[xv] Pressure on Turkey to back off calls for Mubarak’s resignation eventually led Erdoğan to fall in line with the U.S.-led policy on Egyptian protests—calling for “orderly transition” at the Munich security conference.

[xvi] This rivalry was perhaps clearest from 2008 to 2010 when the two countries vied for the position of privileged mediator in talks between Arab states and Israel as well as between the two Palestinian factions. For an example of jockeying between the two countries, see “Egypt urges Turkey to ease tensions with Israel,” Al-Masry Al-Youm (Egypt), July 21, 2010, (accessed on April 19, 2012) .

[xvii] For a discussion of Turkey’s outreach to businessmen and other groups during the transitional phase in Egypt and Tunisia, see Susanne Güsten, “Mandate for a New Turkish Era,” New York Times, June 15, 2011, (accessed on April 19, 2012).

[xviii] Steve Bryant, “Erdogan Says Assad Must Quit to End Syria ‘Persecution’,” Businessweek, 23 November 2011.

[xix] Davutoğlu’s rationale was based in part on the model of the European Union as a successful example of economic cooperation yielding political stability. “Turkey, Arab neighbors gear up for Mideast free trade zone,” Today’s Zaman, September 27, 2010, (accessed on April 19, 2012).

[xx] Steven A. Cook, “Arab Spring, Turkish Fall,” Foreign Policy Online, May 5, 2011, (accessed on April 19, 2012).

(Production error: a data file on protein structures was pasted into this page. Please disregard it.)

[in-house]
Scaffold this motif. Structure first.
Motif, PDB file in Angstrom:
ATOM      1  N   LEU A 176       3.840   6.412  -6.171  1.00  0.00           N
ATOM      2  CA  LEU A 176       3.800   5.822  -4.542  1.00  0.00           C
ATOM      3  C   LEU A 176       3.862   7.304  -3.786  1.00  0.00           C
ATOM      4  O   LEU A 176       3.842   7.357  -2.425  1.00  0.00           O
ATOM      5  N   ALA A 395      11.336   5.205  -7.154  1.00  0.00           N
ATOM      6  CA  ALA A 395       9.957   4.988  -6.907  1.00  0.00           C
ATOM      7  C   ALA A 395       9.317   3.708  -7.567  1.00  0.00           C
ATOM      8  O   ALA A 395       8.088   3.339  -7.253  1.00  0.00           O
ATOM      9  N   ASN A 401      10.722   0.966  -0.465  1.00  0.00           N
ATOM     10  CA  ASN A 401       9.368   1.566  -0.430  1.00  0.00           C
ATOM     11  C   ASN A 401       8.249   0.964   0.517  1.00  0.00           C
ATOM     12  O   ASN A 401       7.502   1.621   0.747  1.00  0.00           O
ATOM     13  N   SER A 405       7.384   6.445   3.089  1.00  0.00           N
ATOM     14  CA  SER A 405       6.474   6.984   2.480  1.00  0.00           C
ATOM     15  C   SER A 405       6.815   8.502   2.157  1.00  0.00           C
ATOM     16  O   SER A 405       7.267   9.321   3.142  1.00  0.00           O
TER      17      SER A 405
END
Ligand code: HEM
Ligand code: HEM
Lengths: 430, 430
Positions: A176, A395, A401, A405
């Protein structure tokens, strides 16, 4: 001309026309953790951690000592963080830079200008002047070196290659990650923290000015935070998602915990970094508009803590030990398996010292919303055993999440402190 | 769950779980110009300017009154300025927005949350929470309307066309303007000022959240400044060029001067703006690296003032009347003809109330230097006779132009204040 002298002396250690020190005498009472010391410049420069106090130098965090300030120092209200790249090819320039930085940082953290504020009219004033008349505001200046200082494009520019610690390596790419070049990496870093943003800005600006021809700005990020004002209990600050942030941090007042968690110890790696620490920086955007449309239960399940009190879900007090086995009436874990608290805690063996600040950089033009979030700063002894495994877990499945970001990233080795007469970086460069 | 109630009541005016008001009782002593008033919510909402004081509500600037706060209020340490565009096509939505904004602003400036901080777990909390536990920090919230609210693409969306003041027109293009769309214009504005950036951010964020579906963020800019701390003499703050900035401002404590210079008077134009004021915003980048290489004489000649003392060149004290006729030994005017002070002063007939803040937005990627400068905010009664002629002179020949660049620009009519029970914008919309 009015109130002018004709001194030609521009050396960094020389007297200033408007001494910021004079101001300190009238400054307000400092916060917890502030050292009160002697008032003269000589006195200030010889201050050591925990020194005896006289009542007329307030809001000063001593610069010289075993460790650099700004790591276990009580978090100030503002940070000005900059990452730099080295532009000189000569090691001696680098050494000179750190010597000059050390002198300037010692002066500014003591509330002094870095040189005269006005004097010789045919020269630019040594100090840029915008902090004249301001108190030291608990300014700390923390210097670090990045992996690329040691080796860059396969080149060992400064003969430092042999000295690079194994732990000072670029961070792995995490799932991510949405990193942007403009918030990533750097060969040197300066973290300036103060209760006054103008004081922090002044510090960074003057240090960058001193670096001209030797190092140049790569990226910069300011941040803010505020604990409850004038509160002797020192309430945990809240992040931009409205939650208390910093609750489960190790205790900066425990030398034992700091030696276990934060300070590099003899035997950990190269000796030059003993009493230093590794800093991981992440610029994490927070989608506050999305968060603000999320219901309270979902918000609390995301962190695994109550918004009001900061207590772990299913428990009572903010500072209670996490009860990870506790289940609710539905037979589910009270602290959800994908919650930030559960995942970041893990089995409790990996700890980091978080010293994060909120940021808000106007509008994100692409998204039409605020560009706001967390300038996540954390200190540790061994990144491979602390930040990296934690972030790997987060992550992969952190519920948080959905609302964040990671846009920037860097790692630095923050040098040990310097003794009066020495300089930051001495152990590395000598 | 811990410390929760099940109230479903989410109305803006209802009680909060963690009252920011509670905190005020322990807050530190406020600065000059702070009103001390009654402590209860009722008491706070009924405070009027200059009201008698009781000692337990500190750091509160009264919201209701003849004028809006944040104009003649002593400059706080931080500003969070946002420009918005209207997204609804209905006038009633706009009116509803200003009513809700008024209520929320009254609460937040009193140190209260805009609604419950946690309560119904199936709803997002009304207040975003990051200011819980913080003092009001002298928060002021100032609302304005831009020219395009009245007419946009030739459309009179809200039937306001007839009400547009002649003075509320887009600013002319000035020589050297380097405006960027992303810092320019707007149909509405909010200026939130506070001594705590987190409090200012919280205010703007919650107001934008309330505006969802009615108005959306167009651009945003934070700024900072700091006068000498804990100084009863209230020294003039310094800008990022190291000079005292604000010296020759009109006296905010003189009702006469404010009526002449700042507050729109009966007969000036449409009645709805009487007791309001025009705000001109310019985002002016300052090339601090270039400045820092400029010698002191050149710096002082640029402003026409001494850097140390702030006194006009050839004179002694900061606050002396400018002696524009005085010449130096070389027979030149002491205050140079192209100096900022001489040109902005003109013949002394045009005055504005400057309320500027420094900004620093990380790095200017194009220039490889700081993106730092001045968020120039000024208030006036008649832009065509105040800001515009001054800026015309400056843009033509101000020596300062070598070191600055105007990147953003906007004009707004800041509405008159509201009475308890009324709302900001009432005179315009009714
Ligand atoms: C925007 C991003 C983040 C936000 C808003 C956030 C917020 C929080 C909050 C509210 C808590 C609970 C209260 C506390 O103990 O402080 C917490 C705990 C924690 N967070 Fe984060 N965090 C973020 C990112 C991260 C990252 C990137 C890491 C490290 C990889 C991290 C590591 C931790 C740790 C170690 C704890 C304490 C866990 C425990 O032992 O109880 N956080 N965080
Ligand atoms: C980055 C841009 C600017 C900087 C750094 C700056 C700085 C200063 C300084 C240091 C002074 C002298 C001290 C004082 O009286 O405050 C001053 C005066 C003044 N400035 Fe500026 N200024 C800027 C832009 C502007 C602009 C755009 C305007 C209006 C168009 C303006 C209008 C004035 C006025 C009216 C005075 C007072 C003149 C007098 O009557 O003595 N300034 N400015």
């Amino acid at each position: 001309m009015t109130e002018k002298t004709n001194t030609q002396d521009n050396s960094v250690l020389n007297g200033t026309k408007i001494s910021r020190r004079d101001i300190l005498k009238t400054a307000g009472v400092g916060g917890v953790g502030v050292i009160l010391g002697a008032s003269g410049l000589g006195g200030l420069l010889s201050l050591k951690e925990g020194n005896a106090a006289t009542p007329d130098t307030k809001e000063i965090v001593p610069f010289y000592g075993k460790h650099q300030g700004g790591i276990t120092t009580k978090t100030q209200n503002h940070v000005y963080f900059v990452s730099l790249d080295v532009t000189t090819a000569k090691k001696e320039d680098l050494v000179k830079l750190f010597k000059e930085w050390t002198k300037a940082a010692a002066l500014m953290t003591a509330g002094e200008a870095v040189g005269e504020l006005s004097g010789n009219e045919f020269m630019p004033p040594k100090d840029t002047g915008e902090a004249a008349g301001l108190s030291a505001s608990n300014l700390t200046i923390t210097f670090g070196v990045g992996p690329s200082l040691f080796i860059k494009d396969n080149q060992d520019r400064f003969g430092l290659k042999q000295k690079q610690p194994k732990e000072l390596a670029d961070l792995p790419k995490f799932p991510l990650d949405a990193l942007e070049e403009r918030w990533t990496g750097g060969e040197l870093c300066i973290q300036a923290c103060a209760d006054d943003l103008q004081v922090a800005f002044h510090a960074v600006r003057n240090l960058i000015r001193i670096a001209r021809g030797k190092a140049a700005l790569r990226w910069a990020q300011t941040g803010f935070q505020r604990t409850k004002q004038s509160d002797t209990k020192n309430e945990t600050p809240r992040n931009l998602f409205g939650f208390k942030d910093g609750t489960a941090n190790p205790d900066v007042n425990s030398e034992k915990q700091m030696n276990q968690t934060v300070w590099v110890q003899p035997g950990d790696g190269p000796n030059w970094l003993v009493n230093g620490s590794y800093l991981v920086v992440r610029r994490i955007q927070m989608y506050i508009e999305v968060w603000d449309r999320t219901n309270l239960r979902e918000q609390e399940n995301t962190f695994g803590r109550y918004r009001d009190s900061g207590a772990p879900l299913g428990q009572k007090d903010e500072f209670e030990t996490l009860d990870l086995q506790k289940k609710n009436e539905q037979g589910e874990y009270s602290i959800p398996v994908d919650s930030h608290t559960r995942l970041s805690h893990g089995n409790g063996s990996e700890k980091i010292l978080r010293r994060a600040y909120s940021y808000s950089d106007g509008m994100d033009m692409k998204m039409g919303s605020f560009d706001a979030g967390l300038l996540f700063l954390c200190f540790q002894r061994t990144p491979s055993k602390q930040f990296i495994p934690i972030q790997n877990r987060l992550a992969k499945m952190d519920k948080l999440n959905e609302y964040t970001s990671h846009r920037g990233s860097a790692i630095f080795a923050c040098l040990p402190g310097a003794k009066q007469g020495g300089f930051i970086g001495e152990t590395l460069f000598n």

[xxi] Firas Maksad and Soner Cagaptay, “Uncomfortable Ottomans: Turkey’s newly assertive foreign policy strains to keep up with the Arab Spring,” Foreign Policy Online, June 8, 2011, (accessed on April 19, 2012).

[xxii] For a clear statement of the advantages of such a policy from the U.S. and Israeli perspectives, see Ted Koppel, “The Arab Spring and U.S. Policy: The View from Jerusalem,” Wall Street Journal, April 29, 2011.

[xxiii] Katrin Beinhold, “Leaders of Turkey and Israel Clash at Davos Panel,” New York Times, January 29, 2009, (accessed on April 19, 2012).

[xxiv] Isabel Kershner, “Deadly Israeli Raid Draws Condemnation,” New York Times, May 31, 2010, (accesssed on April 19, 2012).

[xxv] For instance, the 2010 Arab Public Opinion Poll Erdoğan was identified as the world leader (outside of their own country) that was most admired by respondents. See The Brookings Institution, 2010 Arab Public Opinion Poll (Washington: Brookings, 2010). The full results of the poll are available online at: (accessed on April 19, 2012).


Read more like this in Muftah's Weekend Reads newsletter.

Advertisement Advertise on Muftah.